In Times Like These

Boy it sure is easy staying sober when things are going well. Picking up the phone to call someone when I have good news is easy. Gratitude is easy. Heck, I’m halfway to my own halo and wings I’m so connected to my HP.

But in trying times? Calling that friend who I know will validate me when I find some person, place, thing, or situation as being unacceptable to me is easy. It’s even easier to not call anyone at all, and eventually, just living in the 80 cubic inches above my shoulders sure feels like the easiest, softest way.

So, in challenging times like this, when meetings are getting cancelled, churches and venues are closing, people are told not to meet in groups… all of this gives me “permission” to avoid seeking contact and making proper use of the fellowship.

The program teaches us to focus on solutions.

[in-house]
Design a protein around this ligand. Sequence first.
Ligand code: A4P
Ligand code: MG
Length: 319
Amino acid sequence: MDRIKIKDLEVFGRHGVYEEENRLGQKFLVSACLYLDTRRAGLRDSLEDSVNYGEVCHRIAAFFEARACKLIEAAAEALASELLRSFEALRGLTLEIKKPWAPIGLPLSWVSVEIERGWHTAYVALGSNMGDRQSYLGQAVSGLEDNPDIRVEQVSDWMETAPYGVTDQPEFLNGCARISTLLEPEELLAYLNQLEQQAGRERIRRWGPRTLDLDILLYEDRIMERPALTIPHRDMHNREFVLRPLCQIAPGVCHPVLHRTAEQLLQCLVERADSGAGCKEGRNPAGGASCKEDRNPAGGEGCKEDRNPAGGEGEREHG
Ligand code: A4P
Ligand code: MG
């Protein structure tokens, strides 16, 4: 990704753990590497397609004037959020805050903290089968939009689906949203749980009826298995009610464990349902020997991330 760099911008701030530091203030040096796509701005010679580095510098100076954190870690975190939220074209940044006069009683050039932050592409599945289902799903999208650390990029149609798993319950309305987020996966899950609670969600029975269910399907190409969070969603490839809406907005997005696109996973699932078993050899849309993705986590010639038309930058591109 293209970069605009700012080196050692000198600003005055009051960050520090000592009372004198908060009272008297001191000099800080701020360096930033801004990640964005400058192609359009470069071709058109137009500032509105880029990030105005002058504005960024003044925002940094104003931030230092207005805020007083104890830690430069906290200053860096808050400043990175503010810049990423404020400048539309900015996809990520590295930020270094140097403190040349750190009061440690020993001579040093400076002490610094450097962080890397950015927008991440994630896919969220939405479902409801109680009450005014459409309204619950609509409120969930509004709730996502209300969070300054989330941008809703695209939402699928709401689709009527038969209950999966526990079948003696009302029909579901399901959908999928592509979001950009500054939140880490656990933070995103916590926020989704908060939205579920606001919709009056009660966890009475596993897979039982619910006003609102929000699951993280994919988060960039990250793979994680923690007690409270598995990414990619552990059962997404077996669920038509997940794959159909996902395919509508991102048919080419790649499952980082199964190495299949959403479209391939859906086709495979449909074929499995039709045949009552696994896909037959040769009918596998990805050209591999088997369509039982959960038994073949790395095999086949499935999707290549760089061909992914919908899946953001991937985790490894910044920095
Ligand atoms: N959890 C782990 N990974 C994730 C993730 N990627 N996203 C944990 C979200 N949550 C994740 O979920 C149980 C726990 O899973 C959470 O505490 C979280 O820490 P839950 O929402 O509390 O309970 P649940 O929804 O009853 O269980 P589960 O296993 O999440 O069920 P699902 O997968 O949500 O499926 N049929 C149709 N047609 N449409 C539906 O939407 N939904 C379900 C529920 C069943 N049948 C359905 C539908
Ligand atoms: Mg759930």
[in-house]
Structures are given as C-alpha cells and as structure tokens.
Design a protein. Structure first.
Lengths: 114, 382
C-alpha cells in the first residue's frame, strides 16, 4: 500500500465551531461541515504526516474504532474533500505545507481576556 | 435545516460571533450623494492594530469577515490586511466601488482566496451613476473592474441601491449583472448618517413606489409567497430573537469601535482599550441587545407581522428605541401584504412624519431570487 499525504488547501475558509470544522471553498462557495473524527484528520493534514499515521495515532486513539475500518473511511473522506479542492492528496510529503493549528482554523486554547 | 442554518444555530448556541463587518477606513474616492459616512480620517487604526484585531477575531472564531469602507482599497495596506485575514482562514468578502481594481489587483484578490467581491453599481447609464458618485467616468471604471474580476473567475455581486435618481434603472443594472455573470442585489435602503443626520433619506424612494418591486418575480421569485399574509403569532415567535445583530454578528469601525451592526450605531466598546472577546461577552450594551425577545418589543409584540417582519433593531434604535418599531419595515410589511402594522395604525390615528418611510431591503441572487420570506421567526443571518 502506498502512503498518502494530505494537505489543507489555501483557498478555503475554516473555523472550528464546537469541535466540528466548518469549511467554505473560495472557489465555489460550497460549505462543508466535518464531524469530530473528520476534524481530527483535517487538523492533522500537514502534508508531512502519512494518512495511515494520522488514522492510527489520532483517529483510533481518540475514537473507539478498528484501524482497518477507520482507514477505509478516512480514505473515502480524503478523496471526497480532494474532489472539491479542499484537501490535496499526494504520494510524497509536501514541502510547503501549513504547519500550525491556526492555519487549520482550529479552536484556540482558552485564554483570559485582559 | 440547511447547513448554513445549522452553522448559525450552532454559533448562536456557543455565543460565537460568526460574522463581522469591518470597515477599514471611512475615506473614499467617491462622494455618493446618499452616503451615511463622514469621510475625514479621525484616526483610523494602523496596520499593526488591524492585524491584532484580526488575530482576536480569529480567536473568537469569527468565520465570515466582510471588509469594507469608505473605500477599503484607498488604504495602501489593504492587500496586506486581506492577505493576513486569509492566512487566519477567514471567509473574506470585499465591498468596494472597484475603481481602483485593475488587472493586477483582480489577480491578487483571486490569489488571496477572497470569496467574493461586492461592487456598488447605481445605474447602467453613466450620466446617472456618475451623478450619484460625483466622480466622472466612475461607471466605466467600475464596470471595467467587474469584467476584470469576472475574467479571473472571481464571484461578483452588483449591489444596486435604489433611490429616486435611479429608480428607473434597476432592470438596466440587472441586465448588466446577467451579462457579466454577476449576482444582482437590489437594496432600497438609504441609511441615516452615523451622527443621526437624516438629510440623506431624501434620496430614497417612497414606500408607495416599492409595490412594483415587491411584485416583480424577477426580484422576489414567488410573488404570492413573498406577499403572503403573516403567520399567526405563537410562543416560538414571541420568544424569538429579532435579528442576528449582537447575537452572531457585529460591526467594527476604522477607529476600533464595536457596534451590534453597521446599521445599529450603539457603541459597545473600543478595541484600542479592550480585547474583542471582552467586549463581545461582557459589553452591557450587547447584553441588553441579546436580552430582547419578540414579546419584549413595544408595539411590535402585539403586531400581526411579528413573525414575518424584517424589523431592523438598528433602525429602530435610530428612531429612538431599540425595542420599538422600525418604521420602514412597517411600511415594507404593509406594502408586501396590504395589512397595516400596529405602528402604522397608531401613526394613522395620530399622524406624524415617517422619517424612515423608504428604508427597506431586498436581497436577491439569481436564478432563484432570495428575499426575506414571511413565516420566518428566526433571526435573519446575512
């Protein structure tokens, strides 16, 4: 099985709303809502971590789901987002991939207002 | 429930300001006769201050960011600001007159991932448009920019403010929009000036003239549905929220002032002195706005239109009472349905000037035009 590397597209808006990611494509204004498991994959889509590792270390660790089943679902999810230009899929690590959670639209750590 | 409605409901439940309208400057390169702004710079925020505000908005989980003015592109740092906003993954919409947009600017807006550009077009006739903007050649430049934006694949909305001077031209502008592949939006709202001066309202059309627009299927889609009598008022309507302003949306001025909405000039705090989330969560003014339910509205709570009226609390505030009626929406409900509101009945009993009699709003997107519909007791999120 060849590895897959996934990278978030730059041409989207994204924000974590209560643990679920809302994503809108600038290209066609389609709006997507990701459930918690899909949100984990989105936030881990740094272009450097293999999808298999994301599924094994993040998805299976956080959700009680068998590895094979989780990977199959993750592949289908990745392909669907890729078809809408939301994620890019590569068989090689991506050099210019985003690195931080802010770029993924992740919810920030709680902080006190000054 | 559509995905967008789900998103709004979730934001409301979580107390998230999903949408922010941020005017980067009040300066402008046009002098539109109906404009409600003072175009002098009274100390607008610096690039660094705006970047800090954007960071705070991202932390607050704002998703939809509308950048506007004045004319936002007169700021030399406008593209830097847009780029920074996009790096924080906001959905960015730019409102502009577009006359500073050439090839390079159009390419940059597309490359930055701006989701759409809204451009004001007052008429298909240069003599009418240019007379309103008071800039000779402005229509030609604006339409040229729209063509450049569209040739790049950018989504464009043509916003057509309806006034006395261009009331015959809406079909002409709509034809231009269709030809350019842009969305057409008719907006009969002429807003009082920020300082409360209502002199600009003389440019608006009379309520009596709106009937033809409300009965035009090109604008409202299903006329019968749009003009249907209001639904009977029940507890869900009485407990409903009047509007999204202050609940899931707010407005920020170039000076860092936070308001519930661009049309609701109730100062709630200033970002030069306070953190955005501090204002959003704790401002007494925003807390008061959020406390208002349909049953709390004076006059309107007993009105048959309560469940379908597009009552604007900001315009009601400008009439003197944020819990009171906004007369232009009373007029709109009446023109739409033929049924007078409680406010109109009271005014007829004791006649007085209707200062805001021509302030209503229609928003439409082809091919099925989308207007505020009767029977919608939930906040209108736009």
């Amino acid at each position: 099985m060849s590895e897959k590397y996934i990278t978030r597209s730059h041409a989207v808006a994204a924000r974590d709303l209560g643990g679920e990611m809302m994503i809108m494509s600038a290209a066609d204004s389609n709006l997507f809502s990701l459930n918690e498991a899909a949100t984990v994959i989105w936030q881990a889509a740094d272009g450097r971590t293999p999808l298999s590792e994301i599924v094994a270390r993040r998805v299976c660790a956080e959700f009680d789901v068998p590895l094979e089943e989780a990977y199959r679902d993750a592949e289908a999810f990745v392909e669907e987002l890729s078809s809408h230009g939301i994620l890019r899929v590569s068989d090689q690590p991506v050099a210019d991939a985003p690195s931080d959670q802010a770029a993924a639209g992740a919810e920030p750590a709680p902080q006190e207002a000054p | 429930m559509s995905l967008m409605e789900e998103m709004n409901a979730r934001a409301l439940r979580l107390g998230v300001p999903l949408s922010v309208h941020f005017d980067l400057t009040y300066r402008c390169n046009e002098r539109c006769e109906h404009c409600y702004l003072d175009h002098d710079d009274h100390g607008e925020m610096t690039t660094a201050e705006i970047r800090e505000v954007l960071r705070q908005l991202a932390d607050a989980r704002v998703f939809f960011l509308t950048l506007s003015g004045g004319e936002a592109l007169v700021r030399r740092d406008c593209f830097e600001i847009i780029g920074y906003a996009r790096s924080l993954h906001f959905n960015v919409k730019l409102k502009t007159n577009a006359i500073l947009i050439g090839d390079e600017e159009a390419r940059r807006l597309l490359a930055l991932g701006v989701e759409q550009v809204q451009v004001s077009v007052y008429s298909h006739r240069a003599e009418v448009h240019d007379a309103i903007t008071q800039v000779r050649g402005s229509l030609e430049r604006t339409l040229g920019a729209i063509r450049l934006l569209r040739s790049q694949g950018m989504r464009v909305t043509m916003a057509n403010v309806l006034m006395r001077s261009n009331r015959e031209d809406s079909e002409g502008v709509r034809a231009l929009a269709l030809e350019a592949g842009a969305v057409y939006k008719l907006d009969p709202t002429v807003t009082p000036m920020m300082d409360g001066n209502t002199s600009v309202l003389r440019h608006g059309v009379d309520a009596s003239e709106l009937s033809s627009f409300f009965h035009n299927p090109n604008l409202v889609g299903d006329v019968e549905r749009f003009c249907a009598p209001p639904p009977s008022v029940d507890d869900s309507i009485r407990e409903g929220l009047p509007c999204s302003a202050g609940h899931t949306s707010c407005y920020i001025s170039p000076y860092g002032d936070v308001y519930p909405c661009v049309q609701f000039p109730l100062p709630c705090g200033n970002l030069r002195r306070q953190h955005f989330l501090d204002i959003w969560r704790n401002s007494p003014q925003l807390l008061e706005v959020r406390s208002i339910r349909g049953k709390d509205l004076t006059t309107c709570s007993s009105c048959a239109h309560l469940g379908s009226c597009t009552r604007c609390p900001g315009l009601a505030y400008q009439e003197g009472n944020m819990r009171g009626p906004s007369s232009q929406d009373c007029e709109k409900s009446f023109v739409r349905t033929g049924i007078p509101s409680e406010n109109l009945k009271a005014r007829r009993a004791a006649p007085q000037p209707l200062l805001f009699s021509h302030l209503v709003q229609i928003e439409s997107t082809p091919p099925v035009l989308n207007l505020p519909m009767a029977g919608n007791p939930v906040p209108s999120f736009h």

How can I leverage technology to carry the message of Alcoholics Anonymous? We have recovery Facebook groups. People are starting, and attending, online AA meetings. Some of us have attended more meetings online over the last week than we attend when things are “normal”. We all carry cell phones. We all have ways to be connected.

But it’s up to me to be a part of my own solution. I’m the one who dials the phone. I get online. I don’t do Facebook so I leave that to others (And holy cow, did my quality of life improve after I dropped that confirmation-bias-rabbit-hole, but that’s a whole different story). I’m reminded of the Buffett lyric, “When your phone’s not ringing, it’s me.” No one is responsible for me being connected, or disconnected, but myself.

I can always find a way to be a part of a solution, and not accept the permission to be disconnected. There’s a whole, wide world of recovery available.

May I be with you in the Fellowship of the Spirit, and meet some of you as we trudge the Virtual Road of Happy Destiny.

Scott D.

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